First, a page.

The Moon will make a close approach to the Sun in the sky
as it sweeps along its eastward path across the night sky. As it does so, it
will draw too close to the Sun for observation, passing within a mere
04°13' of it in the constellation Sextens.
As a result of the Earth, Moon and Sun all lying in a straight line in the
Solar System, with the Moon in the middle, we will also see almost exactly the
opposite side of the Moon to that which is illuminated by the Sun, meaning
that it will appear almost completely unilluminated.
Since the Moon moves quite quickly across the sky – by nearly 15°
per day – it will not be hidden by the Sun's glare for long. Over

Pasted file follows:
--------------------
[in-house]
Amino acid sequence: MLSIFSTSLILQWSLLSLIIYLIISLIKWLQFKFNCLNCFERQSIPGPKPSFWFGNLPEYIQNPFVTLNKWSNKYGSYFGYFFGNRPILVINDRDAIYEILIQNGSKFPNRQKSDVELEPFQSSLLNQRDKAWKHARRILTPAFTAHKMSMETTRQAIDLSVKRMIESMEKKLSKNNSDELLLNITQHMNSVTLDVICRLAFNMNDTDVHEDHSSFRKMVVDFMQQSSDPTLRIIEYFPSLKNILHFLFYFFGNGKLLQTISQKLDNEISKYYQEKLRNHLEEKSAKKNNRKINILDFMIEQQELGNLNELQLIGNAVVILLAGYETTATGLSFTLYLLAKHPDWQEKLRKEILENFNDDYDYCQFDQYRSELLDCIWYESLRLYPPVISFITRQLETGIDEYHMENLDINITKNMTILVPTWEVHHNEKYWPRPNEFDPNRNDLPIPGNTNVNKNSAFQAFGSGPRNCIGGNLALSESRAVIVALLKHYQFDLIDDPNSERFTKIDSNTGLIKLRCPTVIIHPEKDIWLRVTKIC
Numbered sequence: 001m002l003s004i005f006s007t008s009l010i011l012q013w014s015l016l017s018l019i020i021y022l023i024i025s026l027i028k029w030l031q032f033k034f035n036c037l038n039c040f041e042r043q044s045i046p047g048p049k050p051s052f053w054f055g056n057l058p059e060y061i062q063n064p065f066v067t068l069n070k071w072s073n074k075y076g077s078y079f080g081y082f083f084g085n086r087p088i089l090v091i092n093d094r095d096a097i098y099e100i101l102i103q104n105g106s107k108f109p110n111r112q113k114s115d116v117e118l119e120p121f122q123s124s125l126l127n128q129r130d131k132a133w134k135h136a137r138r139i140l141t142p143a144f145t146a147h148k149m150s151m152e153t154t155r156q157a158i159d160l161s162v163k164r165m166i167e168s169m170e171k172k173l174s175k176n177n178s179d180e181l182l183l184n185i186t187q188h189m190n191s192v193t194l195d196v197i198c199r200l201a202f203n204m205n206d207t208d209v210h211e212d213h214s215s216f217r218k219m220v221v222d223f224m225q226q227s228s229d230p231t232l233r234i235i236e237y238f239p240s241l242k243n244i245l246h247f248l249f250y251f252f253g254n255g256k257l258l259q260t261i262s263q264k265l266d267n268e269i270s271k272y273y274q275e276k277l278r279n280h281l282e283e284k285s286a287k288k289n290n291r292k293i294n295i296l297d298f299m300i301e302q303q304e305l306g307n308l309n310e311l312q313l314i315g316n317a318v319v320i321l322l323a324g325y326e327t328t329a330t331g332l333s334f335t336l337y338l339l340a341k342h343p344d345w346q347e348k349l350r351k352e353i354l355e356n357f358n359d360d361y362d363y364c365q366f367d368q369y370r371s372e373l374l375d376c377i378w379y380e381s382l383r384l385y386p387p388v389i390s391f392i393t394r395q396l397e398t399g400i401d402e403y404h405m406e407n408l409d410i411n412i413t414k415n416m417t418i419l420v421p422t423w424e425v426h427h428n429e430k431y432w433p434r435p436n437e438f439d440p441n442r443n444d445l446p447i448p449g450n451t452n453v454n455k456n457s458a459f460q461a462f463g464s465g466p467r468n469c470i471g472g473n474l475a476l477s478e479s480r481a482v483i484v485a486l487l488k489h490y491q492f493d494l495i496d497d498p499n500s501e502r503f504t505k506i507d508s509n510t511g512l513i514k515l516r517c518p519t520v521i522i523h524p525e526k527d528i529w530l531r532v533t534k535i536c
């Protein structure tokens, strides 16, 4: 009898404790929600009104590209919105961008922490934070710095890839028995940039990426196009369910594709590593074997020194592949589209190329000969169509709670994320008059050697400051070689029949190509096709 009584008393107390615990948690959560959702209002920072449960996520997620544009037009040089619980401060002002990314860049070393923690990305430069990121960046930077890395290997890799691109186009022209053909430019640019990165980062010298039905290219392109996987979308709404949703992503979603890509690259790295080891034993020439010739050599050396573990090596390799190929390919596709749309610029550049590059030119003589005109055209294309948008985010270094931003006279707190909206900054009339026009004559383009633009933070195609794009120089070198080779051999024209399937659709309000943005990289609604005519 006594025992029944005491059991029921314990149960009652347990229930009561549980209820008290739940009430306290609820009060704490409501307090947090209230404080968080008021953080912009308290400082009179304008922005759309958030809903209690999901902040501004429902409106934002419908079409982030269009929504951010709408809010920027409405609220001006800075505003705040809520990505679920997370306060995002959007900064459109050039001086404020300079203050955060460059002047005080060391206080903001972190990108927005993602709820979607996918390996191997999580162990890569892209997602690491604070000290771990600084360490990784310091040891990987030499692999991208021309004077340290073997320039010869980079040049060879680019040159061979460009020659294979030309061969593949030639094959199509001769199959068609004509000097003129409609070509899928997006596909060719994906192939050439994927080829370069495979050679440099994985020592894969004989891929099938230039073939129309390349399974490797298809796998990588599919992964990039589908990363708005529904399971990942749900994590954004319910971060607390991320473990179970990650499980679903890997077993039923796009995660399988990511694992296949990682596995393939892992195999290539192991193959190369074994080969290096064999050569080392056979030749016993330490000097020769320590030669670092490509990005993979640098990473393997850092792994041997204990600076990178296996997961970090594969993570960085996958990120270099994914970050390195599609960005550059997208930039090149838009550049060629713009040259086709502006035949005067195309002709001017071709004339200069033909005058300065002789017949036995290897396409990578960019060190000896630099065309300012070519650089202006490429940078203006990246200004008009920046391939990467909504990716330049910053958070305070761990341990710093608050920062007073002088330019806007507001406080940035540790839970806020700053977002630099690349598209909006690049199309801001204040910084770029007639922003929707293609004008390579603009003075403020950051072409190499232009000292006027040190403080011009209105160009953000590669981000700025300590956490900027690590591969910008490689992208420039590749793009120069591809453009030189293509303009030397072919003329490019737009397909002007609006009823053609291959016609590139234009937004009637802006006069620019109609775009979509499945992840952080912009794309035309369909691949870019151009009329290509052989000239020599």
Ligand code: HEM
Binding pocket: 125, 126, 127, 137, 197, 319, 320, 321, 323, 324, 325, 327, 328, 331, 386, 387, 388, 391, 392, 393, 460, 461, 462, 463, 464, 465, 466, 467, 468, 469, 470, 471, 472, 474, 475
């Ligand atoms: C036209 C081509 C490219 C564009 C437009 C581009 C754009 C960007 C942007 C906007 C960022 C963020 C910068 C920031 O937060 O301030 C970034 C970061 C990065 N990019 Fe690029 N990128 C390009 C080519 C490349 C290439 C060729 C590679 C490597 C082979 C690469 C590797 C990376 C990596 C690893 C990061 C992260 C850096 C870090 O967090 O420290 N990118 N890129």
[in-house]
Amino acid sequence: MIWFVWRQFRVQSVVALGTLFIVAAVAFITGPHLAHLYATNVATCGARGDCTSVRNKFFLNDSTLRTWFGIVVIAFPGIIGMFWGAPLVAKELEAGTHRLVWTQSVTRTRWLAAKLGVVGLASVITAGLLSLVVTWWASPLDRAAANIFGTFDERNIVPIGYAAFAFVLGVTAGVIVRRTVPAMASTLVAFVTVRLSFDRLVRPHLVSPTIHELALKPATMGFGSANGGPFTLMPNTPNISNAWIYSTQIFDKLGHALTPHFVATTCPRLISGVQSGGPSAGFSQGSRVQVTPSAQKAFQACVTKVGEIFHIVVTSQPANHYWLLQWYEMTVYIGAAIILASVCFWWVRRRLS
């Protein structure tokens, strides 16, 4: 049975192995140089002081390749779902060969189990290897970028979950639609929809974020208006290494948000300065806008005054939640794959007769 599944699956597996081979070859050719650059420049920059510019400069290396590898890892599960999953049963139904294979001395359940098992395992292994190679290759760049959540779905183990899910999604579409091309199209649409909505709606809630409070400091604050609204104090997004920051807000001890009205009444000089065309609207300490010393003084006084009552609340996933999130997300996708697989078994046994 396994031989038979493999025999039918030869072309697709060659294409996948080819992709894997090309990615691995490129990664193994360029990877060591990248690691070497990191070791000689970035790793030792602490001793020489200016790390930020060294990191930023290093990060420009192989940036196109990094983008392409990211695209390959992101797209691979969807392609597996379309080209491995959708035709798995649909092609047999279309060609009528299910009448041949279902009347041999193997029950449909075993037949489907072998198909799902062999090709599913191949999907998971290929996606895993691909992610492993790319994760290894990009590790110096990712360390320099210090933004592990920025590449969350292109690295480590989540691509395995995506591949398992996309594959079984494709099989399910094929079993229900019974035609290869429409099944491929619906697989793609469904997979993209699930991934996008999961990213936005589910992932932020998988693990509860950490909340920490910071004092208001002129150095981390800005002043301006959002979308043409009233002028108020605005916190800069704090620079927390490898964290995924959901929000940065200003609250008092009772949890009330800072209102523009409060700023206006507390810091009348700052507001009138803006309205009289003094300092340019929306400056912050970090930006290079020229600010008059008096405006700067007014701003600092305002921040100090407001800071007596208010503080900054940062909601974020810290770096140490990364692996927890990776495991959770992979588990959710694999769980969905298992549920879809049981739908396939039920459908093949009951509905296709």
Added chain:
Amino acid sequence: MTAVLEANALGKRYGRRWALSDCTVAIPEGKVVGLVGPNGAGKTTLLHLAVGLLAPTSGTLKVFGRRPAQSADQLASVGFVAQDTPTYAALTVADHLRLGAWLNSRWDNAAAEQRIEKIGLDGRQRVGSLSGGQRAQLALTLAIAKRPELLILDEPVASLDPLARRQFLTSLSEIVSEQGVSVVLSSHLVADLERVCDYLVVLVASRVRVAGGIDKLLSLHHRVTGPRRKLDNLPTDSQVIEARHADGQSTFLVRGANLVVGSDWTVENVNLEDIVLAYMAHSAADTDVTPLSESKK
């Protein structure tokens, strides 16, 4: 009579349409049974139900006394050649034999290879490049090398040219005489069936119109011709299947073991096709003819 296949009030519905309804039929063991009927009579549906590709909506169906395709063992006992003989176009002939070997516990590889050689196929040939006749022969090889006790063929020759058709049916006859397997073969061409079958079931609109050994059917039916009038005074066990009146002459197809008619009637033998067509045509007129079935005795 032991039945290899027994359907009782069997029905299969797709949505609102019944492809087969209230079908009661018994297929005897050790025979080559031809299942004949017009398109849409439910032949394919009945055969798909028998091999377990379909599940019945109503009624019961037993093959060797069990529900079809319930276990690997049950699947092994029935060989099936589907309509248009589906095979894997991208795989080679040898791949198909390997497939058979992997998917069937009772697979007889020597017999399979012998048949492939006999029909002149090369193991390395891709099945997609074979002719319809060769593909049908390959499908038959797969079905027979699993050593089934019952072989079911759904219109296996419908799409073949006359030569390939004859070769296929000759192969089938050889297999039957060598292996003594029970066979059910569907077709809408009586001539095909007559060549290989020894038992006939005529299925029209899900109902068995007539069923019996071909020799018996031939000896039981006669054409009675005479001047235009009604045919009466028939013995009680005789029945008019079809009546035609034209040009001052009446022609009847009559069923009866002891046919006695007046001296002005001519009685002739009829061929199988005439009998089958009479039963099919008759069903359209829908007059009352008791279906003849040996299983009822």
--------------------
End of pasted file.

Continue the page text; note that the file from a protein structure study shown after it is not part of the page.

subsequent days, the Moon will become visible in the late afternoon and dusk
sky as a waxing crescent. By first quarter, a week after new moon, it will be
visible until around midnight.
The detailed circumstances of this event are:
The coordinates above are given in J2000.0.
The sky on Thu, 05 September 2013
Never attempt to point a pair of binoculars or a telescope at an object close to the Sun. Doing so may result in immediate and permanent blindness.
The circumstances of this event were computed from the DE405 ephemeris published by the Jet Propulsion Laboratory (JPL).